Capitalism always marches forward over corpses.

This system must be overthrown – we will find our way in this process, as we have always stated in our communiqués since April 10, 1992.

But the starting-point is new: Wolfgang has been executed.

The ruling powers want to cripple everyone on our side.

We Call On Everyone That Has Been Affected By This Terror: Do Not Accept The Order Of The Day! Do Not Accept This!

The big circus around Wolfgang’s murder is supposed to lead to a more effective apparatus. Penner (SPD [4]) made that clear when he said: “Such things can always happen.” And then he goes on to complain about bad information politics. This brings back memories of the state of affairs back in ‘77, when the SPD government ruled with a total news black-out and when the lies were prepared beforehand [5].

The scandal for them is the fact that they were not able to get their lies straight. The killer-hunt and murder of Wolfgang they inhumanely call bad luck. After Seiters pulled his head out of the noose just in time, a Republikaner-sympathizer was named would-be minister of internal affairs, thereby showing which way things are headed in Germany [6].

The last 23 years have shown that neither the RAF nor the resistance can be defeated by military means. And that will always be the case, just as long as inhumanity and injustice rule this country and the world.

Birgit, we send you our warmest embrace!

Red Army Faction
July 6th 1993


N.B. All footnotes in this document were added by the editor. None are originally from the RAF.

[1] German police and security agencies. [return to text]

[2] RAF members Birgit Hogefeld and Wolfgang Grams had been lured to Bad Kleinen by a police informant – Klaus Steinmetz. While Steinmetz and the two RAF members sat talking at the train station, 54 officers deployed around the building to close in as the three departed. Grams managed to get away, but was quickly captured. According to two witnesses the cops held Grams on the ground and shot him to death at point-blank range. Said Joanna Baron, a sales clerk at a station food stand: “Two policemen walked up to Grams, who was lying motionless. One bent over and shot him several times from close up. Then the second officer shot at Grams, but more at his stomach and legs. He shot several times.” The subsequent medical examination supported eyewitness accounts : it showed that the shot that caused the fatal wound to Grams head was fired from close range.  [return to text]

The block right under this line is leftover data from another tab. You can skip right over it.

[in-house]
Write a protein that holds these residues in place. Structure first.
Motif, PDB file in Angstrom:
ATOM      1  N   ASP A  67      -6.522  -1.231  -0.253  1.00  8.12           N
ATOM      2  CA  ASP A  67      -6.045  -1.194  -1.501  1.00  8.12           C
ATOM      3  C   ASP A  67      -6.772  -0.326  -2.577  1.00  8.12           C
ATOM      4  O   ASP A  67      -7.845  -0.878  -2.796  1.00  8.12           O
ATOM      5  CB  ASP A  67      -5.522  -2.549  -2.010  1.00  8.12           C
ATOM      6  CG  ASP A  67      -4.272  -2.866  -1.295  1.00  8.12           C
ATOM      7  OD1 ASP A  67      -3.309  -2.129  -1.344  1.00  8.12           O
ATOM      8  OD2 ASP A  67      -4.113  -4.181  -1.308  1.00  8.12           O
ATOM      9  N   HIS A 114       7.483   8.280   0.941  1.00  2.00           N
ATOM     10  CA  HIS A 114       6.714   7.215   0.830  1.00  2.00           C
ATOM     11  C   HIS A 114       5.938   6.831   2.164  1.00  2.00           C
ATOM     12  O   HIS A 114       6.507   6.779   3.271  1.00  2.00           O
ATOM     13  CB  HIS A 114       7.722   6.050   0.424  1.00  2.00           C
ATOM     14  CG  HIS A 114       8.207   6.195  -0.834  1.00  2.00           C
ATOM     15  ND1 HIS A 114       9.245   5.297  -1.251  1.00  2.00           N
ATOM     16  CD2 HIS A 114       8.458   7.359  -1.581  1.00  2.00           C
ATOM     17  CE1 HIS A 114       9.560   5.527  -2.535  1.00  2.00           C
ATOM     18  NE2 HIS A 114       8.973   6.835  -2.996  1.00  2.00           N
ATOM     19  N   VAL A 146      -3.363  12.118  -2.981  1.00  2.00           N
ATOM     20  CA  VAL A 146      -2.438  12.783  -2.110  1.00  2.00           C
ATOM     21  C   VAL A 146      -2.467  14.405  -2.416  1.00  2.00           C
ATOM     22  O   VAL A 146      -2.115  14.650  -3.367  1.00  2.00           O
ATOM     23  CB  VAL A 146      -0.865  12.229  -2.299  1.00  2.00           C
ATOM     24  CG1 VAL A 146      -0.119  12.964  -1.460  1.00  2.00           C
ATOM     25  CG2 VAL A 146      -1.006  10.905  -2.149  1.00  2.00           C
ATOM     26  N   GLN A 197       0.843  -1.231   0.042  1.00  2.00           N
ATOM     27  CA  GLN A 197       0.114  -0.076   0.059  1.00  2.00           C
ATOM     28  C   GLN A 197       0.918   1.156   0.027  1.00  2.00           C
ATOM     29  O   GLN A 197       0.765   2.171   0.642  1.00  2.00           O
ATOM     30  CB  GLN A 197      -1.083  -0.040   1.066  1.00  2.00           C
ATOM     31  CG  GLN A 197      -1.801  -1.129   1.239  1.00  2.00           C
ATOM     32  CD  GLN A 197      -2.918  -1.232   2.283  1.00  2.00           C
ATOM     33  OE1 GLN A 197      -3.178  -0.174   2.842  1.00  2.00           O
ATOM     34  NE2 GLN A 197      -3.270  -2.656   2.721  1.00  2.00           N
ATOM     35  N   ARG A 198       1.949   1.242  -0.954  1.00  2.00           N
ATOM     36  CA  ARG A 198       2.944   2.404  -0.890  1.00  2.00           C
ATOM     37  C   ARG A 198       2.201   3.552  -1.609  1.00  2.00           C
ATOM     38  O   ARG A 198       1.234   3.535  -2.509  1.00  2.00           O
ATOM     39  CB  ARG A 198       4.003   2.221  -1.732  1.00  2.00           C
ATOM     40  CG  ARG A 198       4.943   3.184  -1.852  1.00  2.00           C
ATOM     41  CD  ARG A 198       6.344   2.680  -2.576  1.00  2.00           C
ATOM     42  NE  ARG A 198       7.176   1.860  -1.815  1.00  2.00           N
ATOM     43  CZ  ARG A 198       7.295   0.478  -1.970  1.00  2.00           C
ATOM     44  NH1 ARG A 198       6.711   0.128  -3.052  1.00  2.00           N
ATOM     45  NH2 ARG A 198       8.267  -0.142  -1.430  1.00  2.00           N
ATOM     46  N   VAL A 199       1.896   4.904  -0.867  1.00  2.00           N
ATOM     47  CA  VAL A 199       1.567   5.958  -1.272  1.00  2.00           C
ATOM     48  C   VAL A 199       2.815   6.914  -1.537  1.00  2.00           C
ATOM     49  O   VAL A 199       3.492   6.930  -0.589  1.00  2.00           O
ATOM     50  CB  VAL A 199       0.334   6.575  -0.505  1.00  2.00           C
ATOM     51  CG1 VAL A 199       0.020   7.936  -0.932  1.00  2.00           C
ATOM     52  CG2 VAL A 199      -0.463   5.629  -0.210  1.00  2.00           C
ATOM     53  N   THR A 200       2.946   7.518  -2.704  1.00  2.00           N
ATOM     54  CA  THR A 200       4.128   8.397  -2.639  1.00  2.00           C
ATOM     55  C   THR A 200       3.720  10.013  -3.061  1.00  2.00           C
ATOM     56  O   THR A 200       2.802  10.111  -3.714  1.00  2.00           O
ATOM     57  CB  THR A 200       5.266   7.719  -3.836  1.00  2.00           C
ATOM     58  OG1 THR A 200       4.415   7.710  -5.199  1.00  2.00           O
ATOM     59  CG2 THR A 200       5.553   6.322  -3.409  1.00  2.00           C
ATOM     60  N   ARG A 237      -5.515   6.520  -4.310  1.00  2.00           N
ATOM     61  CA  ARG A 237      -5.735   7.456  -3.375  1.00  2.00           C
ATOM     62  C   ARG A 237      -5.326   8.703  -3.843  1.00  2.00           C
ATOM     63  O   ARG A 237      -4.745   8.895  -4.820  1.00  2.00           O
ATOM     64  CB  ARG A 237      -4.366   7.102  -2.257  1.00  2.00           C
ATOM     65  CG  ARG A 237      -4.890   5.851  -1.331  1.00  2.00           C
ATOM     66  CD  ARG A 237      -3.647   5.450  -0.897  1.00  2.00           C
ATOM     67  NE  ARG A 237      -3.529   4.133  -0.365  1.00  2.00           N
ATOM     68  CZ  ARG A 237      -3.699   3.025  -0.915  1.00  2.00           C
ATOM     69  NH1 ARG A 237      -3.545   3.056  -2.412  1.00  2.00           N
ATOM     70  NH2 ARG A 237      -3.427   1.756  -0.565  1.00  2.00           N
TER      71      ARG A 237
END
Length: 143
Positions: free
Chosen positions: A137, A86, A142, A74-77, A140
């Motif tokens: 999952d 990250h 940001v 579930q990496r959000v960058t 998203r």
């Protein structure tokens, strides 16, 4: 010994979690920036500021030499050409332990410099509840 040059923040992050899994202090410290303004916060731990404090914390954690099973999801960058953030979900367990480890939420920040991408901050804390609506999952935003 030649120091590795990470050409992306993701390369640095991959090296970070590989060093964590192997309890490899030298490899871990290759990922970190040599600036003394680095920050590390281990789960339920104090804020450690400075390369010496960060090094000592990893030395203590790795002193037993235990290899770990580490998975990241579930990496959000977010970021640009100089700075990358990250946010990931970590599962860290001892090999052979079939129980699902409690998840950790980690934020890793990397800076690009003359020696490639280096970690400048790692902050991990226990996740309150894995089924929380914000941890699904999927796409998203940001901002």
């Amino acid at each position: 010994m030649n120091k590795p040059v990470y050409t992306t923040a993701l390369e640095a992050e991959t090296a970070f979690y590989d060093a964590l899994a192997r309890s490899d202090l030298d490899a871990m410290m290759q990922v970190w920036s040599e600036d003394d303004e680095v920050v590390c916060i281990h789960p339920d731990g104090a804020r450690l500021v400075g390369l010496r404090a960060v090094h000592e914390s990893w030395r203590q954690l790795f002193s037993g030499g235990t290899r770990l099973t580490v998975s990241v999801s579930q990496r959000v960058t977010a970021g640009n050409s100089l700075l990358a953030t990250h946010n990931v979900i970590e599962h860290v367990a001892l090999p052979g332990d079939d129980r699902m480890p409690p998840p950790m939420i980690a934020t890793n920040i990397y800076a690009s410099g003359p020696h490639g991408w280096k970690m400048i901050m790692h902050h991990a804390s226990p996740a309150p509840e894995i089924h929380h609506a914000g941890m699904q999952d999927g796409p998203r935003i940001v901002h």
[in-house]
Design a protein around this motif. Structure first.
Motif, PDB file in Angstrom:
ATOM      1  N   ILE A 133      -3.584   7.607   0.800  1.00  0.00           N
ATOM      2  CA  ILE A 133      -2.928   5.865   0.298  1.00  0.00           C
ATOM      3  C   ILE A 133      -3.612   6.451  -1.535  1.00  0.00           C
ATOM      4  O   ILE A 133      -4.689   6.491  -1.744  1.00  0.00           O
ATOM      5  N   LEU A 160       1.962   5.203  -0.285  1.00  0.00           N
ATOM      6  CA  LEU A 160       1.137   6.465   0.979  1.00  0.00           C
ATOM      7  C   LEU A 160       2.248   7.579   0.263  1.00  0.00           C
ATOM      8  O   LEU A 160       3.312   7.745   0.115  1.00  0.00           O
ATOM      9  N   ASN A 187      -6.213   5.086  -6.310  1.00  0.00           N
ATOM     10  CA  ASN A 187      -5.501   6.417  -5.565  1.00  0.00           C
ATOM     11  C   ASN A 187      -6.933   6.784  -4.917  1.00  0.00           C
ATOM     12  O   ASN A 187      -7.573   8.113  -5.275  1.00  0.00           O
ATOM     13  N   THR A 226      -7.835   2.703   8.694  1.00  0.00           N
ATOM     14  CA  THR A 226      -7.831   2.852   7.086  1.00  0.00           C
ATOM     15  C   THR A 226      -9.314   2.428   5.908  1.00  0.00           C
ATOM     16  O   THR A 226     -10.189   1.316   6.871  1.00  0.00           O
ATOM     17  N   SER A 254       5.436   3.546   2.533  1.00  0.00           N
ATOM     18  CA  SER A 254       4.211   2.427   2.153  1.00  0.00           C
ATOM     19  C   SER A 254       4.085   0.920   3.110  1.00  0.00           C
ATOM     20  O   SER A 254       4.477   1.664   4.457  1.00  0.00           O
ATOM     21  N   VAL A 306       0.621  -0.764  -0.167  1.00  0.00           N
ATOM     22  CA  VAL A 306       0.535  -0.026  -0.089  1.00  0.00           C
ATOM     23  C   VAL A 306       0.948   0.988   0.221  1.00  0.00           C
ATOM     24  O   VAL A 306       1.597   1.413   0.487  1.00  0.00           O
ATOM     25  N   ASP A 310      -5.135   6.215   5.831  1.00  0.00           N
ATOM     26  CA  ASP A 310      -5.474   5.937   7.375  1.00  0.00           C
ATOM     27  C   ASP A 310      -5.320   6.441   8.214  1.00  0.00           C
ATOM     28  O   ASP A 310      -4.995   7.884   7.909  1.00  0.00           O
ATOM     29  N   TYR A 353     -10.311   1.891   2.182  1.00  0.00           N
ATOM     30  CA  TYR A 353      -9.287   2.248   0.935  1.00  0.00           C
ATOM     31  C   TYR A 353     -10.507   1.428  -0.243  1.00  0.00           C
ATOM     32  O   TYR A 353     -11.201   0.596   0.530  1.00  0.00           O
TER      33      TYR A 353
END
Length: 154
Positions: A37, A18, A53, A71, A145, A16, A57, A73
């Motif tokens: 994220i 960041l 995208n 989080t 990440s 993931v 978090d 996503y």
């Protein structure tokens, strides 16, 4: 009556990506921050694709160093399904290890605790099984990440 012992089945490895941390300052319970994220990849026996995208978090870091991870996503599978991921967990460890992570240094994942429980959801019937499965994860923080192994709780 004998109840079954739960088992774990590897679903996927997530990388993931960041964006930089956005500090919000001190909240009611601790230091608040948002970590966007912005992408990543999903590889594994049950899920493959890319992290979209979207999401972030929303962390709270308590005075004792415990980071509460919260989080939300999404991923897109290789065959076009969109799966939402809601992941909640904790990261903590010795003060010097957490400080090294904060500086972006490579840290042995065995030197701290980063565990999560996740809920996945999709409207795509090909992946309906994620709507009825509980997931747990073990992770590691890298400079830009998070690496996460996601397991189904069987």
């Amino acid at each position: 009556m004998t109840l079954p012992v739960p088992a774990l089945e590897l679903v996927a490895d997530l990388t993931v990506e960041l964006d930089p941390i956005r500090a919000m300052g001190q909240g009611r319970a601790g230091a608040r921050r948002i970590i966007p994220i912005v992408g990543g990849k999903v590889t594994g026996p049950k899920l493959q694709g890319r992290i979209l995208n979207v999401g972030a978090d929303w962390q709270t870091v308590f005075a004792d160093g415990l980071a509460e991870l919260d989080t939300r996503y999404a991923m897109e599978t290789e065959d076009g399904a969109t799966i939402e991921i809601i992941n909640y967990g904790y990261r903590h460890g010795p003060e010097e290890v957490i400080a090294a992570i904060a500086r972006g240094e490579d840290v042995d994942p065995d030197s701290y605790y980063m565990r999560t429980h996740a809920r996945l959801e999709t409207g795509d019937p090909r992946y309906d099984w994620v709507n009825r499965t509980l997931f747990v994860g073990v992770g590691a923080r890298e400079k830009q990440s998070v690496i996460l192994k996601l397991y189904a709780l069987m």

[3] On April 10th 1992 the RAF released a document – To All Who Are Looking For Ways to Organize and to Push Through a Human Life in Dignity Here and Worldwide On Really Concrete Issues – in which they stated that they would no longer carry out attacks on representatives of the State or capital. This document can be read at [return to text]

[4] The Social Democratic Party, at that point in opposition.  [return to text]

[5] SIn 1977 the Social Democratic government of West Germany was involved in an intense confrontation with the RAF, when the guerillas executed the banker Jürgen Ponto and kidnapped the industrialist Hanns Martin Schleyer. A Palestinian commando intervened in the conflict, hijacking a Lufthansa airliner as an act of support to the RAF. The SDP tightly controlled the media, initiated political repression of the radical left and finally opted for a “hardline” solution to the situation: the Lufthansa airliner was stormed by West German shocktroops in Mogadishu, Somalia, and three RAF prisoners (Andreas Baader, Gudrun Ensslin and Jan-Carl Raspe) were “suicided” in their cells. [return to text]

[6] Rudolf Seiters was the Christian Democrat Minister of Internal Affairs at the time of Grams’ murder. Forced to resign when details of how Grams was executed became public, he was replaced by Manfred Kanther, from the hard right-wing of the Christian Democratic Union, known to b close to the far right Republikaner Party. [return to text]